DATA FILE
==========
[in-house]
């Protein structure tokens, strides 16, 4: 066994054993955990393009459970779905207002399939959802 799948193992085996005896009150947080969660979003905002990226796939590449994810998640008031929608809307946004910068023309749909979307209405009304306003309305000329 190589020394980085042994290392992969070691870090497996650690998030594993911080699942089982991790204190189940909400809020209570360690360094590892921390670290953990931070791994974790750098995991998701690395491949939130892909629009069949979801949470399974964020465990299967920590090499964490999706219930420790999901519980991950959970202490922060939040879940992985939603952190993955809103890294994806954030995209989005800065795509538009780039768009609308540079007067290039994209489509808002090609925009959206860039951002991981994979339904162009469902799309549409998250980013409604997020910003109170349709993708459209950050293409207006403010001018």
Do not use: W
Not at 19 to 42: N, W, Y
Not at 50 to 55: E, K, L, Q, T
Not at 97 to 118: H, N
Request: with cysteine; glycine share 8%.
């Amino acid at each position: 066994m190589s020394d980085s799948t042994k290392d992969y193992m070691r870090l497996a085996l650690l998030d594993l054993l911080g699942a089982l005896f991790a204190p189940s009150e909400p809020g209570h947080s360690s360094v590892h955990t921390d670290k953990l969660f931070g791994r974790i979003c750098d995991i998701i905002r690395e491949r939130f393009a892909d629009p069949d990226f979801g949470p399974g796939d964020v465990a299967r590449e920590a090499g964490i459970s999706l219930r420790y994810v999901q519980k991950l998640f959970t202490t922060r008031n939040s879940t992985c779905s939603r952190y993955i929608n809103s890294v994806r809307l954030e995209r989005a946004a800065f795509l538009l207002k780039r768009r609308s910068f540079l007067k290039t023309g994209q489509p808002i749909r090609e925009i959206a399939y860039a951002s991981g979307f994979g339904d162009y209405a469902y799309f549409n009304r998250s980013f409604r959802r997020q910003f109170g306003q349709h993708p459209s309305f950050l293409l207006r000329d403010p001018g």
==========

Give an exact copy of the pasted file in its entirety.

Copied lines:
[in-house]
């Protein structure tokens, strides 16, 4: 066994054993955990393009459970779905207002399939959802 799948193992085996005896009150947080969660979003905002990226796939590449994810998640008031929608809307946004910068023309749909979307209405009304306003309305000329 190589020394980085042994290392992969070691870090497996650690998030594993911080699942089982991790204190189940909400809020209570360690360094590892921390670290953990931070791994974790750098995991998701690395491949939130892909629009069949979801949470399974964020465990299967920590090499964490999706219930420790999901519980991950959970202490922060939040879940992985939603952190993955809103890294994806954030995209989005800065795509538009780039768009609308540079007067290039994209489509808002090609925009959206860039951002991981994979339904162009469902799309549409998250980013409604997020910003109170349709993708459209950050293409207006403010001018």
Do not use: W
Not at 19 to 42: N, W, Y
Not at 50 to 55: E, K, L, Q, T
Not at 97 to 118: H, N
Request: with cysteine; glycine share 8%.
């Amino acid at each position: 066994m190589s020394d980085s799948t042994k290392d992969y193992m070691r870090l497996a085996l650690l998030d594993l054993l911080g699942a089982l005896f991790a204190p189940s009150e909400p809020g209570h947080s360690s360094v590892h955990t921390d670290k953990l969660f931070g791994r974790i979003c750098d995991i998701i905002r690395e491949r939130f393009a892909d629009p069949d990226f979801g949470p399974g796939d964020v465990a299967r590449e920590a090499g964490i459970s999706l219930r420790y994810v999901q519980k991950l998640f959970t202490t922060r008031n939040s879940t992985c779905s939603r952190y993955i929608n809103s890294v994806r809307l954030e995209r989005a946004a800065f795509l538009l207002k780039r768009r609308s910068f540079l007067k290039t023309g994209q489509p808002i749909r090609e925009i959206a399939y860039a951002s991981g979307f994979g339904d162009y209405a469902y799309f549409n009304r998250s980013f409604r959802r997020q910003f109170g306003q349709h993708p459209s309305f950050l293409l207006r000329d403010p001018g």